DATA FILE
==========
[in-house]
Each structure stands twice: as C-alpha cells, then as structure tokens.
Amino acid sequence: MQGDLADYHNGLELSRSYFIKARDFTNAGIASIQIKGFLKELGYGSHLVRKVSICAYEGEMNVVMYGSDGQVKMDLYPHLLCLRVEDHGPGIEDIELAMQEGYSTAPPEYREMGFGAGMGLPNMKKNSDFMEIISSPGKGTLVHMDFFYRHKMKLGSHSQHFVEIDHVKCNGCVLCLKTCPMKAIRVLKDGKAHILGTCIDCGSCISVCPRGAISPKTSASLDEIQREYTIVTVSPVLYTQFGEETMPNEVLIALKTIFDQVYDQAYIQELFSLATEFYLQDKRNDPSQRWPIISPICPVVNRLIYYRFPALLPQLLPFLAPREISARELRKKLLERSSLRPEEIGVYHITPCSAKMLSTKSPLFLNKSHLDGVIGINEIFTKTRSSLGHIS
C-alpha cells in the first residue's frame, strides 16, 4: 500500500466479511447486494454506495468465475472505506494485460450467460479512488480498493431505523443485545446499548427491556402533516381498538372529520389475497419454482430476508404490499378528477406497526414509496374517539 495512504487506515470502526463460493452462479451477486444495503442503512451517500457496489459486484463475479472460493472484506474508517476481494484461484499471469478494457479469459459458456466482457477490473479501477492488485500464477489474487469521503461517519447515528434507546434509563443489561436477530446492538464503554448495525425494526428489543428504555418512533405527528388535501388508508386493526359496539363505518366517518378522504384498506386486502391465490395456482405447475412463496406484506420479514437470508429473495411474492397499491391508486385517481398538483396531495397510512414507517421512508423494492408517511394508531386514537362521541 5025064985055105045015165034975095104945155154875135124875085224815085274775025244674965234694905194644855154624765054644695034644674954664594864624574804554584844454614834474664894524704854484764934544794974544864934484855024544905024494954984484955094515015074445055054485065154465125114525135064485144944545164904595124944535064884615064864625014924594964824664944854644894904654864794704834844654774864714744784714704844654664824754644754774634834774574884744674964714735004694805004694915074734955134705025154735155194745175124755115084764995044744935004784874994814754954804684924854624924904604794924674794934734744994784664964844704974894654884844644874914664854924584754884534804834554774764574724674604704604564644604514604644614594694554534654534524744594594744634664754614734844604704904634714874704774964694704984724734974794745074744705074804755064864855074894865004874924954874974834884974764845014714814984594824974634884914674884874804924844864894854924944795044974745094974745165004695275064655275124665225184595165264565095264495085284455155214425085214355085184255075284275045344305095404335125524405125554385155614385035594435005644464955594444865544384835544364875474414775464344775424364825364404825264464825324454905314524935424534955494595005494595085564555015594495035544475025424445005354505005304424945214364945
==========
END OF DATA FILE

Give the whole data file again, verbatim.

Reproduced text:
[in-house]
Each structure stands twice: as C-alpha cells, then as structure tokens.
Amino acid sequence: MQGDLADYHNGLELSRSYFIKARDFTNAGIASIQIKGFLKELGYGSHLVRKVSICAYEGEMNVVMYGSDGQVKMDLYPHLLCLRVEDHGPGIEDIELAMQEGYSTAPPEYREMGFGAGMGLPNMKKNSDFMEIISSPGKGTLVHMDFFYRHKMKLGSHSQHFVEIDHVKCNGCVLCLKTCPMKAIRVLKDGKAHILGTCIDCGSCISVCPRGAISPKTSASLDEIQREYTIVTVSPVLYTQFGEETMPNEVLIALKTIFDQVYDQAYIQELFSLATEFYLQDKRNDPSQRWPIISPICPVVNRLIYYRFPALLPQLLPFLAPREISARELRKKLLERSSLRPEEIGVYHITPCSAKMLSTKSPLFLNKSHLDGVIGINEIFTKTRSSLGHIS
C-alpha cells in the first residue's frame, strides 16, 4: 500500500466479511447486494454506495468465475472505506494485460450467460479512488480498493431505523443485545446499548427491556402533516381498538372529520389475497419454482430476508404490499378528477406497526414509496374517539 495512504487506515470502526463460493452462479451477486444495503442503512451517500457496489459486484463475479472460493472484506474508517476481494484461484499471469478494457479469459459458456466482457477490473479501477492488485500464477489474487469521503461517519447515528434507546434509563443489561436477530446492538464503554448495525425494526428489543428504555418512533405527528388535501388508508386493526359496539363505518366517518378522504384498506386486502391465490395456482405447475412463496406484506420479514437470508429473495411474492397499491391508486385517481398538483396531495397510512414507517421512508423494492408517511394508531386514537362521541 5025064985055105045015165034975095104945155154875135124875085224815085274775025244674965234694905194644855154624765054644695034644674954664594864624574804554584844454614834474664894524704854484764934544794974544864934484855024544905024494954984484955094515015074445055054485065154465125114525135064485144944545164904595124944535064884615064864625014924594964824664944854644894904654864794704834844654774864714744784714704844654664824754644754774634834774574884744674964714735004694805004694915074734955134705025154735155194745175124755115084764995044744935004784874994814754954804684924854624924904604794924674794934734744994784664964844704974894654884844644874914664854924584754884534804834554774764574724674604704604564644604514604644614594694554534654534524744594594744634664754614734844604704904634714874704774964694704984724734974794745074744705074804755064864855074894865004874924954874974834884974764845014714814984594824974634884914674884874804924844864894854924944795044974745094974745165004695275064655275124665225184595165264565095264495085284455155214425085214355085184255075284275045344305095404335125524405125554385155614385035594435005644464955594444865544384835544364875474414775464344775424364825364404825264464825324454905314524935424534955494595005494595085564555015594495035544475025424445005354505005304424945214364945